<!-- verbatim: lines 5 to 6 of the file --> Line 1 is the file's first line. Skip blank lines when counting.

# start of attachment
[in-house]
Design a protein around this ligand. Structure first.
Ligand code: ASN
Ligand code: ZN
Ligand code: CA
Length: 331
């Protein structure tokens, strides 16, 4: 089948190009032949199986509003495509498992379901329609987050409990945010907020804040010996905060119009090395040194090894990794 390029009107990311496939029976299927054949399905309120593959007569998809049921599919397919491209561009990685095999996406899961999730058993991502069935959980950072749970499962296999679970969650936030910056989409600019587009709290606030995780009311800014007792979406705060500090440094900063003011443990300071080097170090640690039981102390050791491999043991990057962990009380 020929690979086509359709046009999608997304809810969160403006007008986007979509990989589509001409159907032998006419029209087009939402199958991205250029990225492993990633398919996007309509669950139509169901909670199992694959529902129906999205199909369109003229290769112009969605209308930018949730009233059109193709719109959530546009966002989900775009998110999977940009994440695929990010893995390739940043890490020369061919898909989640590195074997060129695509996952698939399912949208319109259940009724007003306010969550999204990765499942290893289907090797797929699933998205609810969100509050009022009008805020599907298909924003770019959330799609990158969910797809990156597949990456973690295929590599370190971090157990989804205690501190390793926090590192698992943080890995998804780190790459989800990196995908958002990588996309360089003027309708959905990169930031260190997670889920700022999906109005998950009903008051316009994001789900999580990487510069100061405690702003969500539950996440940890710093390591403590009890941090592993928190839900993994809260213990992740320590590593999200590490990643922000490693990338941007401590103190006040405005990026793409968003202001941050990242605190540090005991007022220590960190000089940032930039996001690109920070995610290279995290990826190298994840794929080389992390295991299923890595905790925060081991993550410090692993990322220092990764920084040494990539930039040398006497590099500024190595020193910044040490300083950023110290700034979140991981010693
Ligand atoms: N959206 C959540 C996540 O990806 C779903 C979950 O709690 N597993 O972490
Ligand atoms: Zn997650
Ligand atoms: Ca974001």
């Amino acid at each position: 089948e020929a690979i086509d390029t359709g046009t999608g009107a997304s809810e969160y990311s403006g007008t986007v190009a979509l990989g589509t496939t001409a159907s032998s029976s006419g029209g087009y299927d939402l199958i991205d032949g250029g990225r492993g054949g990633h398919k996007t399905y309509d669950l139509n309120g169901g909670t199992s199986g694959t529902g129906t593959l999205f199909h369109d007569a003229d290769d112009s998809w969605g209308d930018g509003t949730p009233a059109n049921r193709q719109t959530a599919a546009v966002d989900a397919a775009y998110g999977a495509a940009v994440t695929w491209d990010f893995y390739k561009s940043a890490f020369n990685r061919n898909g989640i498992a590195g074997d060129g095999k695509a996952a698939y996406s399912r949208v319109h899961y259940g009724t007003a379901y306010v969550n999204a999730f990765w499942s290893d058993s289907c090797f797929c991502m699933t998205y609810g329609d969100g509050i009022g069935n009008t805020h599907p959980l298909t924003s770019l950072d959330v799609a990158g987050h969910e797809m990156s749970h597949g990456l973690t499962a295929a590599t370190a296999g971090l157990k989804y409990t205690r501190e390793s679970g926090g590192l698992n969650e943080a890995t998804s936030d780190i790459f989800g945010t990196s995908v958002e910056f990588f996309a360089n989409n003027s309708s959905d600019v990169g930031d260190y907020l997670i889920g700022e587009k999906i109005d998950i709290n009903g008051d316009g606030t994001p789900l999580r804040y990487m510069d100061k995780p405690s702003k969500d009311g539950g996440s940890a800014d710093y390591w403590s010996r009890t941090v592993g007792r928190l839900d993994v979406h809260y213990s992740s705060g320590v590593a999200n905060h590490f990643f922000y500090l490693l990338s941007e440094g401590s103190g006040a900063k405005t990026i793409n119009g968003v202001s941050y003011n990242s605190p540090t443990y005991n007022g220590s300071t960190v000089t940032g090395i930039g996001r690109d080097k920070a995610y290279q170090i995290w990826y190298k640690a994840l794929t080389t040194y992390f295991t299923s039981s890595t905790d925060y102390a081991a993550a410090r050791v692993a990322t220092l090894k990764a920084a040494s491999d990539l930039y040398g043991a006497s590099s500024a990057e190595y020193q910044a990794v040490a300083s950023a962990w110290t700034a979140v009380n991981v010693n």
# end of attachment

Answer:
Ligand code: CA
Length: 331